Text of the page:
Wednesday, February 26, 2014

BusinessInsider: How airfares are decided

Just in case like everyone in the world you're trying to game airfare pricing - a few bits of useful information particularly this passage (BusinessInsider):

[Q:] Why is it that sometimes I can wait until the last minute and find a cheap fare, but other times the fare goes up?

Well, most of the time the fare will go up because the flight will be filling up or the advance purchase restrictions will be kicking in. But on routes with significant competition -- New York to Los Angeles for example -- airlines may have sales or "dump seats" at the last minute to fill the plane if it's not particularly full. It also depends on the day of the week. Tuesday, Wednesday and Saturday are often the cheapest days to fly because we carry fewer business passengers those days.
Update: So apparently a recent study shows how prices fluctuate prior to flights with a few consistent patterns (HuffingtonPost)
Fifty-four days before takeoff is, on average, when domestic airline tickets are at their absolute lowest price. And if you don’t hit 54 days on the head, you should usually book between 104 to 29 days before your trip -- within the “prime booking window” -- for the lowest possible prices. In this window, ticket prices typically hover within $10 of the lowest price they’ll ever reach. [...]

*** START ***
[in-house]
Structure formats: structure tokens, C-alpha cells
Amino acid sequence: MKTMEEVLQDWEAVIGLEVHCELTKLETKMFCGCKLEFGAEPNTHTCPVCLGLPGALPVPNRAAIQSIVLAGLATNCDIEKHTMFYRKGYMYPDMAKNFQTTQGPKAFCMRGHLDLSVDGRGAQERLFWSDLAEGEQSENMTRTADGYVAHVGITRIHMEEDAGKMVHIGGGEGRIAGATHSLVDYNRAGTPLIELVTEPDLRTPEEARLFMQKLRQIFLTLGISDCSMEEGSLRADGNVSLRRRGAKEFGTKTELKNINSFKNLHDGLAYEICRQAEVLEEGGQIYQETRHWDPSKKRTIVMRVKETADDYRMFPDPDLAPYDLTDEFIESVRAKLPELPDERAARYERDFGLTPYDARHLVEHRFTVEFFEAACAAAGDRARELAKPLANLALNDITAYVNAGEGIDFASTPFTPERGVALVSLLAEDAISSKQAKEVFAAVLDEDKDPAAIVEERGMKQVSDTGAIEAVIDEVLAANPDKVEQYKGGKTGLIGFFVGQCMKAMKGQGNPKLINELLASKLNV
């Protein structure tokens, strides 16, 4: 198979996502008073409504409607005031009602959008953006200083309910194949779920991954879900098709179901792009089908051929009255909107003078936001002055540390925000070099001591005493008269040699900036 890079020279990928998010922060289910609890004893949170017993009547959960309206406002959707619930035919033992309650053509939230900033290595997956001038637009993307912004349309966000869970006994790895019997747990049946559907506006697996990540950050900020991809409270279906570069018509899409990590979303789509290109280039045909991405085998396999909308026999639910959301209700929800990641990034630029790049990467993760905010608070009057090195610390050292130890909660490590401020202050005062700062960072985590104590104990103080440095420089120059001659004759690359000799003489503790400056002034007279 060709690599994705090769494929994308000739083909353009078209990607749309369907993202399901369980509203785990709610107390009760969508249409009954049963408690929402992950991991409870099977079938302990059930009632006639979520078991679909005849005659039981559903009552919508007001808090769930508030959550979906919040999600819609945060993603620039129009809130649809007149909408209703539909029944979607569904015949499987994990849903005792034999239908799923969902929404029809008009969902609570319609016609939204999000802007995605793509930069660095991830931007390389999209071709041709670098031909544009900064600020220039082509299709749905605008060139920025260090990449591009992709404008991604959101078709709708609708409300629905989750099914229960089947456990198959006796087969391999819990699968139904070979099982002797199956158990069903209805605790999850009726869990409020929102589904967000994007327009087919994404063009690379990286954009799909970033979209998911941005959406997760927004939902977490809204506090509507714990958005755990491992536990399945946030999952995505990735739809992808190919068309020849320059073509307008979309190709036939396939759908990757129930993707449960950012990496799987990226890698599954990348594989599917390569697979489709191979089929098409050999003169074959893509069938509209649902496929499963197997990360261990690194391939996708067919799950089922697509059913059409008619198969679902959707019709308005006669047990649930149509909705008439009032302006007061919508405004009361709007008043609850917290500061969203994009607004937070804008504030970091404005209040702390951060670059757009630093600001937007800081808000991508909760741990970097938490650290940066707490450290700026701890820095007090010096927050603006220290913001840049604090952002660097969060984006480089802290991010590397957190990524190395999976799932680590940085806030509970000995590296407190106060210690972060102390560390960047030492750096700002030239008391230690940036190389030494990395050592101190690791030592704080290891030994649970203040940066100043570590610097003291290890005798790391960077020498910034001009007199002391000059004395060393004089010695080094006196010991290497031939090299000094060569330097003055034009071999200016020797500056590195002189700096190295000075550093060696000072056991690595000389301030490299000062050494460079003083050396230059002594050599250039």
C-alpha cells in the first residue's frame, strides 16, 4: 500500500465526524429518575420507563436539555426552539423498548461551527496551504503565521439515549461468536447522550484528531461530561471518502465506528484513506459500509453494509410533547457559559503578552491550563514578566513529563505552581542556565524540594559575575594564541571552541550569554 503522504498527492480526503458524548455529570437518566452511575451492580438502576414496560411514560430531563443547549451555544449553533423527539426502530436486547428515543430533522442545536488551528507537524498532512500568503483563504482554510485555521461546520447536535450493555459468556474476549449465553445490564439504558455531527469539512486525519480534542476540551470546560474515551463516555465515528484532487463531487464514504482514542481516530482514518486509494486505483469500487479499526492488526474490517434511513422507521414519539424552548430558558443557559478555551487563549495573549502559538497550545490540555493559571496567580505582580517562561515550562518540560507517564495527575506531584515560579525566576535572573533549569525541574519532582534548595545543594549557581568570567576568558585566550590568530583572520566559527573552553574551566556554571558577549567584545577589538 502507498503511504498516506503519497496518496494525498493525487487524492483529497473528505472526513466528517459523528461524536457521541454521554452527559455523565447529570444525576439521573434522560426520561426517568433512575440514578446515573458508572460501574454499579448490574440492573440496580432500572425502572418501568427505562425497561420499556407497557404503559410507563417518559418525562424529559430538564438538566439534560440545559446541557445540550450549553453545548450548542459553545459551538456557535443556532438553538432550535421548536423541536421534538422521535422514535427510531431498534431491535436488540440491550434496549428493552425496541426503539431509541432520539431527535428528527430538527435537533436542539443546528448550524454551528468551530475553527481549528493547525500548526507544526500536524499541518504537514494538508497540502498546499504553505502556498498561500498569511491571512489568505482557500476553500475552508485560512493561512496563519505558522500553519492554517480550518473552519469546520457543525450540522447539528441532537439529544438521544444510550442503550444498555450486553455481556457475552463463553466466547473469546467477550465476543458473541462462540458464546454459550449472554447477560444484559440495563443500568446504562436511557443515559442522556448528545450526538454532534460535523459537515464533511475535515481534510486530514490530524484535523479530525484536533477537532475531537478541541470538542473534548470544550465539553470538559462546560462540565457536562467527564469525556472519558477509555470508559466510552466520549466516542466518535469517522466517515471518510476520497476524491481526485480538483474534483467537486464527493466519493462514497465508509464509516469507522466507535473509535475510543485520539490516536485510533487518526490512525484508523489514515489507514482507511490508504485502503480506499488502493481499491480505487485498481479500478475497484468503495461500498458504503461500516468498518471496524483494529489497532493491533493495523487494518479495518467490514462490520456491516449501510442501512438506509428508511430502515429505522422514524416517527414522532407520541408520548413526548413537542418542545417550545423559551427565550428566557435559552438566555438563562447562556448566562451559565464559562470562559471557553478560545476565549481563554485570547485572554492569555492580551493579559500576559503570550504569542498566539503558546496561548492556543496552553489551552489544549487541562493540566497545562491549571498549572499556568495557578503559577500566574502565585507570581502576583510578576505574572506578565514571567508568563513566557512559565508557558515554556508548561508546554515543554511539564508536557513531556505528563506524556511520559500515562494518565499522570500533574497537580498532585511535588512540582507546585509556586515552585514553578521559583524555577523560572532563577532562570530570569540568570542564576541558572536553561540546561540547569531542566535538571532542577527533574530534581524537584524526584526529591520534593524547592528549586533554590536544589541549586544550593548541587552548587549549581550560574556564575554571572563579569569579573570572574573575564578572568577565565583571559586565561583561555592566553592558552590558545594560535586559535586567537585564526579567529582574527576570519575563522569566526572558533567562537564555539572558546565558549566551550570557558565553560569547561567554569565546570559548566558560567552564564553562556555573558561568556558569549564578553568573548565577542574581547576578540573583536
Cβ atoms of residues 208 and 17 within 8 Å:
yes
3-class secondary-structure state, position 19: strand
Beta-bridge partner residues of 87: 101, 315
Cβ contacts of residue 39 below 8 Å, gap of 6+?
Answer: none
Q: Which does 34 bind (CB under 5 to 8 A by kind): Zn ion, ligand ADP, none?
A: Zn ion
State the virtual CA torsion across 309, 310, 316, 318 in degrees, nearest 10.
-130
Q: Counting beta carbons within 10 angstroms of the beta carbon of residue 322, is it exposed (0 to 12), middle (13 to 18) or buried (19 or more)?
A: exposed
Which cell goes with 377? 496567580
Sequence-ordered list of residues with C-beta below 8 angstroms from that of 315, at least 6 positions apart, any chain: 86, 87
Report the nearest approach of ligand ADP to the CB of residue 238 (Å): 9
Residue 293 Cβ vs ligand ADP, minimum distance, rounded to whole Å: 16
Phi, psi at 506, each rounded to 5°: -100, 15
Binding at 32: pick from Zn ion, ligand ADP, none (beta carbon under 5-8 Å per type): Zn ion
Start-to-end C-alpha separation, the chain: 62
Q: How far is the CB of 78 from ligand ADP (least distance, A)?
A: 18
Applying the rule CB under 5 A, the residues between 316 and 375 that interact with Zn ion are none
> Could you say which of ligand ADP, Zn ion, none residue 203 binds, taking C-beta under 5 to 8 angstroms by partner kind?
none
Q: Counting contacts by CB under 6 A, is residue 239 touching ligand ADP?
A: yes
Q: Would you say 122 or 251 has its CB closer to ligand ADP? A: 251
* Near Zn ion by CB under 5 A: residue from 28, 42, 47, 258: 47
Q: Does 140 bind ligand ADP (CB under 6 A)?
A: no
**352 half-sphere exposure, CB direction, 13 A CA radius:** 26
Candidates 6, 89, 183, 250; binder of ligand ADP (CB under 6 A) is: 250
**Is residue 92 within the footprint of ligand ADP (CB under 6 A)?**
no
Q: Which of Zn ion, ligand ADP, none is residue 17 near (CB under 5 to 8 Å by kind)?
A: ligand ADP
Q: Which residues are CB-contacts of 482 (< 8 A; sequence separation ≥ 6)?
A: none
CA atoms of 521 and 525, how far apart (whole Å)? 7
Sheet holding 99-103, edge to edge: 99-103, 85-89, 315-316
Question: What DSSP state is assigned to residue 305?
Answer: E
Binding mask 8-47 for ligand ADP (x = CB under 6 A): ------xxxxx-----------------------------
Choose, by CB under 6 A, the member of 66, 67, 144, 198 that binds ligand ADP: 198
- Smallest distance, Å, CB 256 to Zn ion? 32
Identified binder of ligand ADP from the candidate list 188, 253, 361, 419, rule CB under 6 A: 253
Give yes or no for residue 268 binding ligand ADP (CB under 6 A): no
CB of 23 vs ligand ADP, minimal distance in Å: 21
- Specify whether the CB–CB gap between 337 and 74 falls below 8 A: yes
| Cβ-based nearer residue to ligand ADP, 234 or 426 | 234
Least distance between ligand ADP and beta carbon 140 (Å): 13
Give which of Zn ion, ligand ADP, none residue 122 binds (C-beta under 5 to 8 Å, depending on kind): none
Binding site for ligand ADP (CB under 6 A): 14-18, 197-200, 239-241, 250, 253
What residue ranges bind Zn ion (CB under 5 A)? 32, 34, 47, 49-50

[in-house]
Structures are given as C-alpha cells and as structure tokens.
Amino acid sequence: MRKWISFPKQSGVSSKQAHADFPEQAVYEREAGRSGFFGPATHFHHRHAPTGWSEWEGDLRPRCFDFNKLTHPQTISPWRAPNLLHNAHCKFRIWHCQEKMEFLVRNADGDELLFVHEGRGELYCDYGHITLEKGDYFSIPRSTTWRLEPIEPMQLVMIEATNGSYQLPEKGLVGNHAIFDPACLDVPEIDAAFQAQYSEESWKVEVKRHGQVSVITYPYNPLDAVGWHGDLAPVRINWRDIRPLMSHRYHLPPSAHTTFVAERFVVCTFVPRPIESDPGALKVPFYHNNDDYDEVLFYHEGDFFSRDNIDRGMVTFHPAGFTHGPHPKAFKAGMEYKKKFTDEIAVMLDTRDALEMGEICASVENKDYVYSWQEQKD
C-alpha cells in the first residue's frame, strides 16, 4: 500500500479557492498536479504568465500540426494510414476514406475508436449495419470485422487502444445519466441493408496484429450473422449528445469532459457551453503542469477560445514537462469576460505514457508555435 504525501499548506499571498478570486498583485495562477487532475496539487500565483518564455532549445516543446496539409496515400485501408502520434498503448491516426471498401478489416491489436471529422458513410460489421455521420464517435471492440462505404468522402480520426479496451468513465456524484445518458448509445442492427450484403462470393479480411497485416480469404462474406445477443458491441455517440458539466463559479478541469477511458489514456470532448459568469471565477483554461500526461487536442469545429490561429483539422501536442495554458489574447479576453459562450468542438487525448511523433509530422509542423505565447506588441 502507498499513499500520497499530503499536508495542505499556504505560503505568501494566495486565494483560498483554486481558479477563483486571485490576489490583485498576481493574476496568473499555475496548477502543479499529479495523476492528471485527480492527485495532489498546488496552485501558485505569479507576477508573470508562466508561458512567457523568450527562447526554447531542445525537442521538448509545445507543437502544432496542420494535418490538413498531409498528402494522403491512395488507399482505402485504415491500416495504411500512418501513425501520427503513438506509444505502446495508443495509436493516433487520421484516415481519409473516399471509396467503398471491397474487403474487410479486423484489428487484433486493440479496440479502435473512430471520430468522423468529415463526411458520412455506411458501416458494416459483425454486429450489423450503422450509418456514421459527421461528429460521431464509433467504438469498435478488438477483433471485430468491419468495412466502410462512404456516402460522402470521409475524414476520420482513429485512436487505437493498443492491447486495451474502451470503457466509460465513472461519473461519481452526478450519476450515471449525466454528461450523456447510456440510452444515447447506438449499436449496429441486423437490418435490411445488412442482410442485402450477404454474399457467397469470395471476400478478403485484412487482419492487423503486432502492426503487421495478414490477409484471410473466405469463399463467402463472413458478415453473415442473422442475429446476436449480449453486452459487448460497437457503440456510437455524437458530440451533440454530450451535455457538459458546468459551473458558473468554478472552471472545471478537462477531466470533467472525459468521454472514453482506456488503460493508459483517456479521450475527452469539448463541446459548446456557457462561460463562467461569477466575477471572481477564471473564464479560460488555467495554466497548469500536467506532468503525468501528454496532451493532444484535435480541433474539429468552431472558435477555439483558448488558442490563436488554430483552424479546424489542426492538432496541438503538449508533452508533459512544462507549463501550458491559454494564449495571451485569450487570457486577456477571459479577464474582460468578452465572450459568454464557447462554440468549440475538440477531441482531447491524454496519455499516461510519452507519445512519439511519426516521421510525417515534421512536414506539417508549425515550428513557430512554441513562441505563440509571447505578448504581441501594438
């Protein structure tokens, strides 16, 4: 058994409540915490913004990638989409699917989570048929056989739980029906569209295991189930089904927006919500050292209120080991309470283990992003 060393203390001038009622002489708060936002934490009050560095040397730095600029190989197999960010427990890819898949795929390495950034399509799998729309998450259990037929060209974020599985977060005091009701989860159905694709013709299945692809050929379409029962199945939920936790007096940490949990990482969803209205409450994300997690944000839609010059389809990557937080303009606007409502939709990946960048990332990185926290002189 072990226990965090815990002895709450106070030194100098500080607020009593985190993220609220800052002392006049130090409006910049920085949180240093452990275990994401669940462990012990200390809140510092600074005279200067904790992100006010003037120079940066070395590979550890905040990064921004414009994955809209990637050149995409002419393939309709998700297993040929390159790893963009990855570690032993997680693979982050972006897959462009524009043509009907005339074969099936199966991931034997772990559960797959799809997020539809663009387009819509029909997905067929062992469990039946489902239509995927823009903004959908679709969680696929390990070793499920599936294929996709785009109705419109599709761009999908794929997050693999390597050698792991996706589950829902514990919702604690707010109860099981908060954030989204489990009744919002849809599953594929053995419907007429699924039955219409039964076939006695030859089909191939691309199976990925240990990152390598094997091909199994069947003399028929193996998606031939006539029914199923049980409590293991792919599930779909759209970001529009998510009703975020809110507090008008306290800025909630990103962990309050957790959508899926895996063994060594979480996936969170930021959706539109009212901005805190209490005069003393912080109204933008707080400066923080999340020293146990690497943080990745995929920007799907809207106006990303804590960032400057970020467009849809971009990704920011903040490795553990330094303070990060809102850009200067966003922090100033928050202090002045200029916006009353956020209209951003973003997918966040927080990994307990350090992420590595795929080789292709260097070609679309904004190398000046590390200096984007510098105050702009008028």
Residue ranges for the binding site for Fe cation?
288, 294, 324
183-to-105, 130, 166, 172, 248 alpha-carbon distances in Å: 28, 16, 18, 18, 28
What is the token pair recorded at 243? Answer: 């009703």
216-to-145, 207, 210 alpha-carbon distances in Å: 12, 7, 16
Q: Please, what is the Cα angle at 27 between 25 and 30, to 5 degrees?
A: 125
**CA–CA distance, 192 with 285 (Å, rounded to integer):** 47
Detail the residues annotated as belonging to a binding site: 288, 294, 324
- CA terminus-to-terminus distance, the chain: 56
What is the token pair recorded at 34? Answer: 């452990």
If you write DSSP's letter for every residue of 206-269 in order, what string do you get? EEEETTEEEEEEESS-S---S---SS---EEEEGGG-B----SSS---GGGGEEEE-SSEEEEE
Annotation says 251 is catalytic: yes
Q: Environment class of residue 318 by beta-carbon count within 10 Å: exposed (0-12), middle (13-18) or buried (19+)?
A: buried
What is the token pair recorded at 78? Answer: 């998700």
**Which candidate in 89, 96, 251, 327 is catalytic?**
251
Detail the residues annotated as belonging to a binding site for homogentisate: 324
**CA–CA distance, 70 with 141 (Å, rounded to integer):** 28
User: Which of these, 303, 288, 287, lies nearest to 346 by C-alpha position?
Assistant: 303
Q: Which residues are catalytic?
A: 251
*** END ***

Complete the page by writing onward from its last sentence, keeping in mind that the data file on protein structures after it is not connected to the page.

If you’re going somewhere incredibly popular at an incredibly popular time -- like spring break in Florida, for example -- you should book well before the “prime booking window” begins. When there’s constant, strong demand for a flight, the researchers explain, airlines have no incentive to lower ticket prices as time goes on. The same principle holds true for flights to hard-to-reach airports in small cities: there’s little airline competition here, so ticket prices don’t drop nearly as much over their lifespan.

Foreign countries are incredibly popular destinations with hard-to-reach airports, so the researchers suggest booking much earlier than the 54 days recommended for domestic flights.

Here are the “magic numbers” for some common international destinations:

Europe: 151 days before your flight
Asia: 129 days before your flight
The Caribbean: 101 days before your flight
Mexico: 89 days before your flight
Latin America: 80 days before your flight

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